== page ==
“Why are we sending some of our best leaders to plant a church? We don’t have enough leaders as it is.” That was the question presented to me as our 22-month-old church prepared to plant our first new work in the next county over. It was a fair question; we were not even two years old.
“Why are we sending some of our best leaders to plant a church? We don’t have enough leaders as it is.”
That was the question presented to me as our 22-month-old church prepared to plant our first new work in the next county over. It was a fair question; we were not even two years old.
We weren’t planting because we were out of space — we were doing two services in a 475-seat movie theater. We weren’t planting because we had an abundance of resources — at the time we had pastors who were working on volunteer status. So, why are we sending out leaders to plant a new church?
We recognized a need.
Some of the people on our core team were from a neighboring county who then became leaders in our church plant. It wasn’t long before we had a significant amount of people who were driving in from their small towns because of their relationships — more than 100 of them in a 12-month period. It was obvious that there were people who wanted to be a part in what God was doing through our new church, and it was time to act on those desires. You may be able to convince Christians to drive 30 miles to church, but it’s really hard to reach their friends from that far away. God had blessed us with this new church and new leaders, and we wanted to be a blessing beyond our town. We saw a need and an opportunity. God had placed these leaders on our team for such a time as this, and now He was sending some of our best leaders back home to reach their community.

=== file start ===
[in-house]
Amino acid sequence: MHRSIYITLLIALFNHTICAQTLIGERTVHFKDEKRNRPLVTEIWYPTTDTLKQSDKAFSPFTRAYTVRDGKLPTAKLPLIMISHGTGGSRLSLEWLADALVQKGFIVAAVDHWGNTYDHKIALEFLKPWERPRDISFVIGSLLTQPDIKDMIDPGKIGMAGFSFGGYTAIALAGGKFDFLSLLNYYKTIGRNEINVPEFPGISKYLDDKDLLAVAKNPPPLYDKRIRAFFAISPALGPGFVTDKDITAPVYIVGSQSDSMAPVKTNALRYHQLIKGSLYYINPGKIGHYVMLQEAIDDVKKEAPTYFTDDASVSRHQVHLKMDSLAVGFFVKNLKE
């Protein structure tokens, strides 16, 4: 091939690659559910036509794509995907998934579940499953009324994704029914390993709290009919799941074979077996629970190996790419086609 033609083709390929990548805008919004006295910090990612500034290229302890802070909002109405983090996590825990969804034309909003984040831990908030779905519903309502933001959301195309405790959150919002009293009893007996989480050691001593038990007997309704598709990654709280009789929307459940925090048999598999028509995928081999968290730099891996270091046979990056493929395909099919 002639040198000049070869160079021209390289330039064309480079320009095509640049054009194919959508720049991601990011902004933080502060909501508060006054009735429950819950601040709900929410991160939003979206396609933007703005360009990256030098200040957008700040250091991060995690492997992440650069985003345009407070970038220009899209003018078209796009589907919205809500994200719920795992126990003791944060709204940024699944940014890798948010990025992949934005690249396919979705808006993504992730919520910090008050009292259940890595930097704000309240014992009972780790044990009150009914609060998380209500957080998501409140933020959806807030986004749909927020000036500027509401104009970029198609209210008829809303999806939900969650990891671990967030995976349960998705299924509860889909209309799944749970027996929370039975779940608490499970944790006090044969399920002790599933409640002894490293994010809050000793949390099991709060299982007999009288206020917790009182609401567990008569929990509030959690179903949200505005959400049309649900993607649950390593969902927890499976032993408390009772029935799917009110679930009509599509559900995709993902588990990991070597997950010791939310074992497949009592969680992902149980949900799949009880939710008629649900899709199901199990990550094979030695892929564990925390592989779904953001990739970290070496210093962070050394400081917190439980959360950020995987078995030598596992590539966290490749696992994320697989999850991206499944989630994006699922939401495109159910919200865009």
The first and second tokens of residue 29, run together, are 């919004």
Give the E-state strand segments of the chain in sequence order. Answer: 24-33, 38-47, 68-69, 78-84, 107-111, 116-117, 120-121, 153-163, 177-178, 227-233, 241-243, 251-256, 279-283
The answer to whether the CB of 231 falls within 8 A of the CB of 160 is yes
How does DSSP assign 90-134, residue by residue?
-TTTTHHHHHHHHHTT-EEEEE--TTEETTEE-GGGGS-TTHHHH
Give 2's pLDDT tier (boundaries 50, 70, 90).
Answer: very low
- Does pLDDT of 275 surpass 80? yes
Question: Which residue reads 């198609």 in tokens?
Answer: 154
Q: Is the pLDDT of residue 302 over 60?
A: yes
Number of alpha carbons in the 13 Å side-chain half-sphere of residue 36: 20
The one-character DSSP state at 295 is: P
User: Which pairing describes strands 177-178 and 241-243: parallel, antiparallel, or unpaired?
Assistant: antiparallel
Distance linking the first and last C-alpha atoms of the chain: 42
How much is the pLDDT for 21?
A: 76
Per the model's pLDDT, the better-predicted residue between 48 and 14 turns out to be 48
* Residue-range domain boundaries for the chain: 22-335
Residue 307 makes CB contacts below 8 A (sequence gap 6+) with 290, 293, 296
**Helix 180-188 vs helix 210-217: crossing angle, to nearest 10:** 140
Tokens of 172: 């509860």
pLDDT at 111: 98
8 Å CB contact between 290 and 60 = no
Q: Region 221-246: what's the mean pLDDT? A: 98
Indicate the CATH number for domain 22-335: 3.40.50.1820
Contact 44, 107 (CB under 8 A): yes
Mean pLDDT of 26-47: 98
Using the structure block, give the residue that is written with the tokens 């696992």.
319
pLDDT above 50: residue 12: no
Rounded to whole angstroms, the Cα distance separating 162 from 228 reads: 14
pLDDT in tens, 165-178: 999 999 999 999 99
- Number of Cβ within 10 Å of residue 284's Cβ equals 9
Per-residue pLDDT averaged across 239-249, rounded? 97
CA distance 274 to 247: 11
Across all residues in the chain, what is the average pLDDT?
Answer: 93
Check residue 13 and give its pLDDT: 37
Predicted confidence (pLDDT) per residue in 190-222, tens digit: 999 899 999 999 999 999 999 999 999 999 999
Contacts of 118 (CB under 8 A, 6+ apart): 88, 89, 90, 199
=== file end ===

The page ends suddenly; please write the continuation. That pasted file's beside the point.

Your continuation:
Reproducing creates opportunities.
When our church was five months old, we told our leadership that we would begin a second service in three months. As you can imagine, our kids ministry freaked out because they were already struggling with team members. We shared with them that this was actually going to be a plus for their ministry because now their workers could serve on Sunday in kids and go to church because they would be able to attend one and serve one.
Reproducing services provides more seats and more serving opportunities for your church attendees. The same thing can happen when you send leaders to plant new churches — some team members become leaders, some attendees become team members. Church planting gives the opportunity for new leaders to step up. Will you feel the absence of these departing leaders presence? You better believe it. But their leaving shows others that they, too, are important to the mission of the church. There will be leaders who would not be serving and leading had you not sent some of your best.
Church planting gives the opportunity for new leaders to step up.
This is what we do.
Before a new church even has a name, the core leadership should have aspirations to be a reproducing church. We had been reading a lot about church planting and church multiplication movements and heard the phrase, “Churches should plant before the cement dries.” We didn’t want to become one of those churches that knows that it should plant but never gets around to it. Every church should be a planting church. Every church should be giving itself away often.
When we were preparing to plant our first church and were asked, “Why are we sending leaders to plant a church?” Our answer was simple: Because this is what we do.
In the book, Gaining by Losing, J.D. Greear says, “God calls his leaders, not to a platform to build a great ministry for themselves, but to an altar where they die unto themselves. This means sending out the best with abandon.” Since that day, we have partnered with nine church plants and will continue to send our best because it is the best that we can give. Isn’t the gospel worth it?